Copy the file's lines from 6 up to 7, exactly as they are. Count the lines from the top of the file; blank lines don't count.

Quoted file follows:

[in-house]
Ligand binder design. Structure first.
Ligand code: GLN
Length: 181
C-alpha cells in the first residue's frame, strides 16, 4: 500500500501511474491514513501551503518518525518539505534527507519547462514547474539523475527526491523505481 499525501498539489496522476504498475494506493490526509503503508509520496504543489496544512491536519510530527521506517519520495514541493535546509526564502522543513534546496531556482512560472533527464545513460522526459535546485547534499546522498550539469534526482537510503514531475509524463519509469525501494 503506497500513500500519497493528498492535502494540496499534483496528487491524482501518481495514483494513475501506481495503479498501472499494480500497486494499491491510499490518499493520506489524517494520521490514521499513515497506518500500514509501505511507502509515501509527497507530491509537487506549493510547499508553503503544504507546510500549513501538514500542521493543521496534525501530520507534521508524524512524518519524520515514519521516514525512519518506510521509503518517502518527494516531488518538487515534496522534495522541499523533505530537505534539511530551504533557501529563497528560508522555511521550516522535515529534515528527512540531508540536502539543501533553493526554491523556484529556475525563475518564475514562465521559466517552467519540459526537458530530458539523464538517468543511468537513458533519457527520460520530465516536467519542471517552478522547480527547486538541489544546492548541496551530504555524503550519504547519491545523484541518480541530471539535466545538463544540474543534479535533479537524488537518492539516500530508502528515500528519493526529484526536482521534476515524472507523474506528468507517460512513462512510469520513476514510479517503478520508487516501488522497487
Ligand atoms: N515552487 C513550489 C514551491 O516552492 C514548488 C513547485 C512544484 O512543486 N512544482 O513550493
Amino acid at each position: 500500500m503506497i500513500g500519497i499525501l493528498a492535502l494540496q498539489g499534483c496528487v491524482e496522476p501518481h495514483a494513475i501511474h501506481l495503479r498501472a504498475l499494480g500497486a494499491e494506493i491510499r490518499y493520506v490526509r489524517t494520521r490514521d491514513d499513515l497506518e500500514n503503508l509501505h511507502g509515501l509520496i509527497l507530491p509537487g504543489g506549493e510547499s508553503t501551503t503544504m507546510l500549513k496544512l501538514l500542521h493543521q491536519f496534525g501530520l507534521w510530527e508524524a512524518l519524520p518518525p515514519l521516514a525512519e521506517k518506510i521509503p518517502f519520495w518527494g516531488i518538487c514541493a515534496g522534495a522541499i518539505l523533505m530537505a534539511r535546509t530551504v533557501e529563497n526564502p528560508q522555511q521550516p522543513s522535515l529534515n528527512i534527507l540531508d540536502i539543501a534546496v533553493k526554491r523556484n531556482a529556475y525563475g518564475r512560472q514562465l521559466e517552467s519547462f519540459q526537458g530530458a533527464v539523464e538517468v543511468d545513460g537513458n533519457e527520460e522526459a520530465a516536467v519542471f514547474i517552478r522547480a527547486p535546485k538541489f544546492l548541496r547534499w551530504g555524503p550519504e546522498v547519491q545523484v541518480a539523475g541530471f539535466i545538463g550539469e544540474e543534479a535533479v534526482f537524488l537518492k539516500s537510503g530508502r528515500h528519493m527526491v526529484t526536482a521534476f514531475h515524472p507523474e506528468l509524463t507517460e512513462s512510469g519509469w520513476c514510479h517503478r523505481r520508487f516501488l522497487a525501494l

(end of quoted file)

Ligand atoms: N515552487 C513550489 C514551491 O516552492 C514548488 C513547485 C512544484 O512543486 N512544482 O513550493
Amino acid at each position: 500500500m503506497i500513500g500519497i499525501l493528498a492535502l494540496q498539489g499534483c496528487v491524482e496522476p501518481h495514483a494513475i501511474h501506481l495503479r498501472a504498475l499494480g500497486a494499491e494506493i491510499r490518499y493520506v490526509r489524517t494520521r490514521d491514513d499513515l497506518e500500514n503503508l509501505h511507502g509515501l509520496i509527497l507530491p509537487g504543489g506549493e510547499s508553503t501551503t503544504m507546510l500549513k496544512l501538514l500542521h493543521q491536519f496534525g501530520l507534521w510530527e508524524a512524518l519524520p518518525p515514519l521516514a525512519e521506517k518506510i521509503p518517502f519520495w518527494g516531488i518538487c514541493a515534496g522534495a522541499i518539505l523533505m530537505a534539511r535546509t530551504v533557501e529563497n526564502p528560508q522555511q521550516p522543513s522535515l529534515n528527512i534527507l540531508d540536502i539543501a534546496v533553493k526554491r523556484n531556482a529556475y525563475g518564475r512560472q514562465l521559466e517552467s519547462f519540459q526537458g530530458a533527464v539523464e538517468v543511468d545513460g537513458n533519457e527520460e522526459a520530465a516536467v519542471f514547474i517552478r522547480a527547486p535546485k538541489f544546492l548541496r547534499w551530504g555524503p550519504e546522498v547519491q545523484v541518480a539523475g541530471f539535466i545538463g550539469e544540474e543534479a535533479v534526482f537524488l537518492k539516500s537510503g530508502r528515500h528519493m527526491v526529484t526536482a521534476f514531475h515524472p507523474e506528468l509524463t507517460e512513462s512510469g519509469w520513476c514510479h517503478r523505481r520508487f516501488l522497487a525501494l